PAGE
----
Freedwomen and the Freedmen's Bureau: Race, Gender, and Public Policy in the Age of Emancipation

Freedwomen and the Freedmen's Bureau: Race, Gender, and Public Policy in the Age of Emancipation

Freedwomen and the Freedmen's Bureau: Race, Gender, and Public Policy in the Age of Emancipation

Freedwomen and the Freedmen's Bureau: Race, Gender, and Public Policy in the Age of Emancipation

Excerpt

Not long after the Civil War's end, a “poor colored woman,” as Freed men's Bureau commissioner Major General Oliver Otis Howard would later remember the former slave, made her way to the offices of the War Department in Washington, D.C. Once there, she sought every bit of the freedom that her recent emancipation promised. Having heard about a “bureau” being created for freedpeople as the Civil War ended, she requested one for herself. Telling federal officials in the nation's capital that “she had been a long time in want of a bureau” and that “she understood that there was one there waiting for her,” the freedwoman attempted to take advantage of the federal government's generosity—or perhaps to carry away what she believed was her just due for years of work as a slave—by claiming this much-desired bequest.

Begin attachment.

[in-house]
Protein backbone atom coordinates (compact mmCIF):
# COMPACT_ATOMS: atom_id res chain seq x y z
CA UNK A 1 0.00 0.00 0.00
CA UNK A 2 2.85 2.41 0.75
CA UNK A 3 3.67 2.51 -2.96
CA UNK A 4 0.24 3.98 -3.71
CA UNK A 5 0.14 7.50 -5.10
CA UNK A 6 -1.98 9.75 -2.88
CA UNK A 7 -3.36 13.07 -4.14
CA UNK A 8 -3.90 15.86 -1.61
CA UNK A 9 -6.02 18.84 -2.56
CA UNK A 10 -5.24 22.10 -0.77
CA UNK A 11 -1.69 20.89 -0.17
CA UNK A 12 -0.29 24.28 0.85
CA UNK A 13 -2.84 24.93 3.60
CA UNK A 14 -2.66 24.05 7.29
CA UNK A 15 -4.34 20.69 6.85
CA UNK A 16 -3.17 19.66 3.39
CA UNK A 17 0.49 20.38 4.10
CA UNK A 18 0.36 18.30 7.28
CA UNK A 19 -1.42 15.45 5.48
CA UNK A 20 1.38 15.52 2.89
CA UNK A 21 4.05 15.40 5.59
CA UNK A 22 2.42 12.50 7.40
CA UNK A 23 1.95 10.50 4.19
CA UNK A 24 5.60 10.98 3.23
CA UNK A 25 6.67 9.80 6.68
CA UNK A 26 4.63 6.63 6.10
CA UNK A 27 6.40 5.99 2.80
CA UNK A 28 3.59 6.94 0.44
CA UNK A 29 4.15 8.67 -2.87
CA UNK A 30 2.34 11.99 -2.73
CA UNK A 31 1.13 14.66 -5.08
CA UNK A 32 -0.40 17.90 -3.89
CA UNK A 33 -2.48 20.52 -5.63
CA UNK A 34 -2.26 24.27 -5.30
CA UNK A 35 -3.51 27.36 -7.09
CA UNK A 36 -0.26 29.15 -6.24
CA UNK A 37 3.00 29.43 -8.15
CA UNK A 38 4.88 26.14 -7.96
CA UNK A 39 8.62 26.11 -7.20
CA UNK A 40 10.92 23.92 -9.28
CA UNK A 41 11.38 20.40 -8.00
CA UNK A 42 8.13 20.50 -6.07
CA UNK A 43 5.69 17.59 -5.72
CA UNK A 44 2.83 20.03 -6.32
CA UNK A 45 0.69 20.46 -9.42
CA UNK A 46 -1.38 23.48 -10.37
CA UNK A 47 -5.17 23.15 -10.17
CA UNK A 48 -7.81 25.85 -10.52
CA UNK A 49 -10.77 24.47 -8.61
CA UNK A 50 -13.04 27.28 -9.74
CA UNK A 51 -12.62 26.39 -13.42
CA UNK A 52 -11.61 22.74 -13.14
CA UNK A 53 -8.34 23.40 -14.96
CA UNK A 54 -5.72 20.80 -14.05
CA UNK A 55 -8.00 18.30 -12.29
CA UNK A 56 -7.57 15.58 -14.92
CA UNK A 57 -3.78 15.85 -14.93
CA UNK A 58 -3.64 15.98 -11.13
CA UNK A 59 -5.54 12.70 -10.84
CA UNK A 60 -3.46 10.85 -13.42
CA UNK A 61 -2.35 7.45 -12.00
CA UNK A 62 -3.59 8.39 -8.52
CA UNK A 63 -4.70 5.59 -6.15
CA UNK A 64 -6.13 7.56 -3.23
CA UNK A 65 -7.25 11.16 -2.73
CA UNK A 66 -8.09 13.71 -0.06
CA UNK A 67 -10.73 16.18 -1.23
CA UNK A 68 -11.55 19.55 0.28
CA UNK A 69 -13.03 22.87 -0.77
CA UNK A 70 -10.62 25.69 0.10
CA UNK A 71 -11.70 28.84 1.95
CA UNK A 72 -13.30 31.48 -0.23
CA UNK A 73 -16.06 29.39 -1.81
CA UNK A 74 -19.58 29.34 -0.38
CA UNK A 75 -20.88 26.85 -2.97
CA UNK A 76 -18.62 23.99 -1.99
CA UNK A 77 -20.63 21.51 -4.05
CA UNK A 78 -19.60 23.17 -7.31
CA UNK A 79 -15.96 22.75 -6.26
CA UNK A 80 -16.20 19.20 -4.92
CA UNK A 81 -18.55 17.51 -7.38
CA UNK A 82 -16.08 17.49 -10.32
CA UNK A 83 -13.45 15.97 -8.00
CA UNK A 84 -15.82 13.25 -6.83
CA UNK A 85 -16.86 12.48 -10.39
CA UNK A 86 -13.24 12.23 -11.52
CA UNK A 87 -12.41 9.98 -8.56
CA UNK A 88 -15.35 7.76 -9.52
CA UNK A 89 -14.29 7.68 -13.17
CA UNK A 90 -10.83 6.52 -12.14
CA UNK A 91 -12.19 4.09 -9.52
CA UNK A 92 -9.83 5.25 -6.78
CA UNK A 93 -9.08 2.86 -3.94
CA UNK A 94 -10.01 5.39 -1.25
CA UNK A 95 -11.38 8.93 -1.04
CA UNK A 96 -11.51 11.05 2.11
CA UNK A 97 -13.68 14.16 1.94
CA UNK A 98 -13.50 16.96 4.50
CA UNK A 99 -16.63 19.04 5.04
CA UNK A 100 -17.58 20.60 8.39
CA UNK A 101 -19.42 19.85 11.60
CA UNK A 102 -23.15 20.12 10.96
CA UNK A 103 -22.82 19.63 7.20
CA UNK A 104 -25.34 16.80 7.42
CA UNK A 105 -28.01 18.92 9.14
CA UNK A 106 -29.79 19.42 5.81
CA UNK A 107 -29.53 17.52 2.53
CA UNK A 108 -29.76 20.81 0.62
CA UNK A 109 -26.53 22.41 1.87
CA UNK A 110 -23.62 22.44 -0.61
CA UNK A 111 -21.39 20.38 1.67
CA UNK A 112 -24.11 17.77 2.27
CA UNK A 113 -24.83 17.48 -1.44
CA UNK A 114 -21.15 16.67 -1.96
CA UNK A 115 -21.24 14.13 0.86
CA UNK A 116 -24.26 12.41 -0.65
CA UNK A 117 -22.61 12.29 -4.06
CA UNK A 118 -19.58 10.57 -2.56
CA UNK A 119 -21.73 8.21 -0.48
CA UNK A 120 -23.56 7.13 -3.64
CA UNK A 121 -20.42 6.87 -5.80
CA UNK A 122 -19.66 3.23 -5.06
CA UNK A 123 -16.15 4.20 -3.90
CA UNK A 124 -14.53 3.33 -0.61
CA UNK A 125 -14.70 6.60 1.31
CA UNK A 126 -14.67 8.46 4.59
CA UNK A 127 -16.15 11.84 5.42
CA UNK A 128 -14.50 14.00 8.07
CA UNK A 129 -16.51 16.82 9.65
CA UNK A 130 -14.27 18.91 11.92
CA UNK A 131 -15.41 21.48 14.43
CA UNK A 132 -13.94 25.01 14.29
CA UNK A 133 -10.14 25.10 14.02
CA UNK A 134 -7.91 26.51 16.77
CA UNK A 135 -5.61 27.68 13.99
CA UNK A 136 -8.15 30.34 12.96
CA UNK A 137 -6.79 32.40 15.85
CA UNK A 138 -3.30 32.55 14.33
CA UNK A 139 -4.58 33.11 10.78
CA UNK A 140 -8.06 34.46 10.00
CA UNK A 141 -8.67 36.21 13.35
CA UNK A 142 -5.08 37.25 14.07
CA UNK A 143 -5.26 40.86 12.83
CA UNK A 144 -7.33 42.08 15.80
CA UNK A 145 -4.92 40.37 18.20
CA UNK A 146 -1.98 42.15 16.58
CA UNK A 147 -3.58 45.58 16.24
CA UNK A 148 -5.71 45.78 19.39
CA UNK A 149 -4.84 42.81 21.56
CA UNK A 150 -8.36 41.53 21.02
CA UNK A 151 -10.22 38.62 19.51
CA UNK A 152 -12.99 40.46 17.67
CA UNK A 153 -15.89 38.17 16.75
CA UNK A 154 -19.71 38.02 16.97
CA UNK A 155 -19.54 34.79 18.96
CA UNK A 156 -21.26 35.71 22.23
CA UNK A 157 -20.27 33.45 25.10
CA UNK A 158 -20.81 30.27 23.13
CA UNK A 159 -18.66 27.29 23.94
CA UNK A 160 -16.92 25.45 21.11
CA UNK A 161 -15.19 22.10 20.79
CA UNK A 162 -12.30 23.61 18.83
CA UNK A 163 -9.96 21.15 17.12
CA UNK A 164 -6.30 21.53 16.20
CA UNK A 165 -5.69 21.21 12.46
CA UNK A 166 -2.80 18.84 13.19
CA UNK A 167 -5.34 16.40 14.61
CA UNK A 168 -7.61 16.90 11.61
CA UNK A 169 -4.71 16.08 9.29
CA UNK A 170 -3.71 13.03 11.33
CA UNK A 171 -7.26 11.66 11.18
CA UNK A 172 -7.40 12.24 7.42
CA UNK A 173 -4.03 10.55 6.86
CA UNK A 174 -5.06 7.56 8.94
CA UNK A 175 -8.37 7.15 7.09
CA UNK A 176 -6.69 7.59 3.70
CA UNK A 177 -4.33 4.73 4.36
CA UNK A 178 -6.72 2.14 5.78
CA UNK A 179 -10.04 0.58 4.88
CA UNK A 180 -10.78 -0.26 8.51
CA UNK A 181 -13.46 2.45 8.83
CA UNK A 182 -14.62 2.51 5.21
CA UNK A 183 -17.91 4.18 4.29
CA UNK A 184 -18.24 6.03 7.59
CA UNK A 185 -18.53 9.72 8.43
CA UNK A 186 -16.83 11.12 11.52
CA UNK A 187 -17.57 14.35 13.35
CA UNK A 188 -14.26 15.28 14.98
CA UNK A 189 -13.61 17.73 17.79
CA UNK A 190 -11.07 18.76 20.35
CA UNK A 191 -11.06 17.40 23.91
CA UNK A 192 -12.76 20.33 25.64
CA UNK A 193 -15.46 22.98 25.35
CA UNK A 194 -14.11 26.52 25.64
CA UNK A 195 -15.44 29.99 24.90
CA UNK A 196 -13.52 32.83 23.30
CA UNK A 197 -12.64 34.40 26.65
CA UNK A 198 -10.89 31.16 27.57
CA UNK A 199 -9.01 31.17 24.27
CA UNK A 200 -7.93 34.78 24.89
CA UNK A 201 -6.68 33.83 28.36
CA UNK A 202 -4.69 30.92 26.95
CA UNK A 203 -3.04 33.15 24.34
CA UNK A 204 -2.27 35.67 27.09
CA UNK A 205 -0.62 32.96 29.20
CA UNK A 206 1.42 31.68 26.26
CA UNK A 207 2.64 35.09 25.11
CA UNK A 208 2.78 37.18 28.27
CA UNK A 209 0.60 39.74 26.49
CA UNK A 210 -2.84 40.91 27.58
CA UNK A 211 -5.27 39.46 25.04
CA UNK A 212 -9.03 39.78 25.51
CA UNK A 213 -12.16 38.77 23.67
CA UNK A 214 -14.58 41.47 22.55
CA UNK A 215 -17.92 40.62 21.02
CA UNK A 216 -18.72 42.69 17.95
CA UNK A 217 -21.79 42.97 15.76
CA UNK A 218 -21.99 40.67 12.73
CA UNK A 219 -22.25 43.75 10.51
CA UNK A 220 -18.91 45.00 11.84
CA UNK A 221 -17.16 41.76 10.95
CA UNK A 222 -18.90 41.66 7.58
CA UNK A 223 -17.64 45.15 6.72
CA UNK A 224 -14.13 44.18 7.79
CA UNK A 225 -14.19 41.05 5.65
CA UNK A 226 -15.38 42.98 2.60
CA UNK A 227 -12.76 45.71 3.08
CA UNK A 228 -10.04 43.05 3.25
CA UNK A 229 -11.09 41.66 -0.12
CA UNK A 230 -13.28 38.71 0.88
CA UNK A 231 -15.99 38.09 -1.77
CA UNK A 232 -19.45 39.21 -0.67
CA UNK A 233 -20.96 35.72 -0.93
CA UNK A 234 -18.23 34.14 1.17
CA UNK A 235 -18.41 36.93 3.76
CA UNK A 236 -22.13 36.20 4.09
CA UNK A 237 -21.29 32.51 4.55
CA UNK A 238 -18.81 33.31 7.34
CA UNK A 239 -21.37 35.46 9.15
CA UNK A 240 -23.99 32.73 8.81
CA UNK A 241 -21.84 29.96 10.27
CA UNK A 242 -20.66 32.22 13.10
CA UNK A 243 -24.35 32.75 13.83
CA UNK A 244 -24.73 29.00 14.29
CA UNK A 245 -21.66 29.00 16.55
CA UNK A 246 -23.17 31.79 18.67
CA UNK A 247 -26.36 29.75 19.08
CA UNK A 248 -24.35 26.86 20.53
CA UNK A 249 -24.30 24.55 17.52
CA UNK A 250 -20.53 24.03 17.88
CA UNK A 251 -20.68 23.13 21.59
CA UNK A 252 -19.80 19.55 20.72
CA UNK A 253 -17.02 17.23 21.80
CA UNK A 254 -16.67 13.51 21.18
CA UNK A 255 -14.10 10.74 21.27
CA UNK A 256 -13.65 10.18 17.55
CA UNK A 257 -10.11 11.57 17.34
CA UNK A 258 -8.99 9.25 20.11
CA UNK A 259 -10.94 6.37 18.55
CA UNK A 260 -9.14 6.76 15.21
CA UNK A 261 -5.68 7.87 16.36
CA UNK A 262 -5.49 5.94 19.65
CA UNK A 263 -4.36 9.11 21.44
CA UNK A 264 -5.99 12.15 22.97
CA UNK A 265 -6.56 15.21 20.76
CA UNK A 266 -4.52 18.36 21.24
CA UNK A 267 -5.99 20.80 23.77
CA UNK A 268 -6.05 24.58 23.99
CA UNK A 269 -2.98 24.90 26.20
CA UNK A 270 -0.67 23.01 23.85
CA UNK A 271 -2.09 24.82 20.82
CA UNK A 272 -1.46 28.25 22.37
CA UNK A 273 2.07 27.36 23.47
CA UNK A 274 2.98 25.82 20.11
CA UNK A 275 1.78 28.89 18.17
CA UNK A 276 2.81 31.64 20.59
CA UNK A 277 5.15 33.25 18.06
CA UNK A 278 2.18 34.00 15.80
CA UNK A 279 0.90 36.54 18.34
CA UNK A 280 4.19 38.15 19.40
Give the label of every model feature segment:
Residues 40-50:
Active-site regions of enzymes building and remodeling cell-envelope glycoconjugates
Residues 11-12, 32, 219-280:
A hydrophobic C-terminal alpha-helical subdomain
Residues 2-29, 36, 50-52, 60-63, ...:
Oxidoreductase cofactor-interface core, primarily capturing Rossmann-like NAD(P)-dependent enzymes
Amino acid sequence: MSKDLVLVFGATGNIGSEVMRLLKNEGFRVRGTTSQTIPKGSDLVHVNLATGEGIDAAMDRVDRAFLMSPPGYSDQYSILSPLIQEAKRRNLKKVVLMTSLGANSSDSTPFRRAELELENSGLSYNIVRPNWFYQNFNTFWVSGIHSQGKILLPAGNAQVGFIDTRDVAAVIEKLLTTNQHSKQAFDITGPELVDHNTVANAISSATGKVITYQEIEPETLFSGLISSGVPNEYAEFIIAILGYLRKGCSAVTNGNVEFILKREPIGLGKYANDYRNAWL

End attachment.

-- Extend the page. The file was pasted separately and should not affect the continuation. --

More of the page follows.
Congress established the Bureau of Refugees, Freedmen, and Abandoned Lands—more commonly known as the Freedmen's Bureau—in March 1865. And while it would not provide former slaves with the dressing table this freedwoman wanted, the new bureau did accomplish a great deal before being officially dismantled in 1872. Upon its creation, the short-lived and unprecedented federal agency assumed the Herculean task of overseeing the transition from slavery to freedom in the immediate postemancipation South. It became the embodiment of the triumphant North in a defeated South, and its agents the very face of federal authority. The job of the men who served its ranks was, as Georgia freedwoman Susan McIntosh put it some years later, “to get things to going smooth after the war.” And even as it would fail at this formidable charge, the bureau stood at the center of Reconstruction and played a critical role in shaping how more than four million men, women, and children defined and enjoyed their lives and labors as freedpeople.

Although known to contemporaries and historians alike as the Freedmen's Bureau—and thus an agency interested most in instructing black men, rather than black women, in the transition from slave to citizen—this bureau profoundly affected the lives of African American women in the age of emancipation. In its efforts to transform the South and define freedom, the federal . . .

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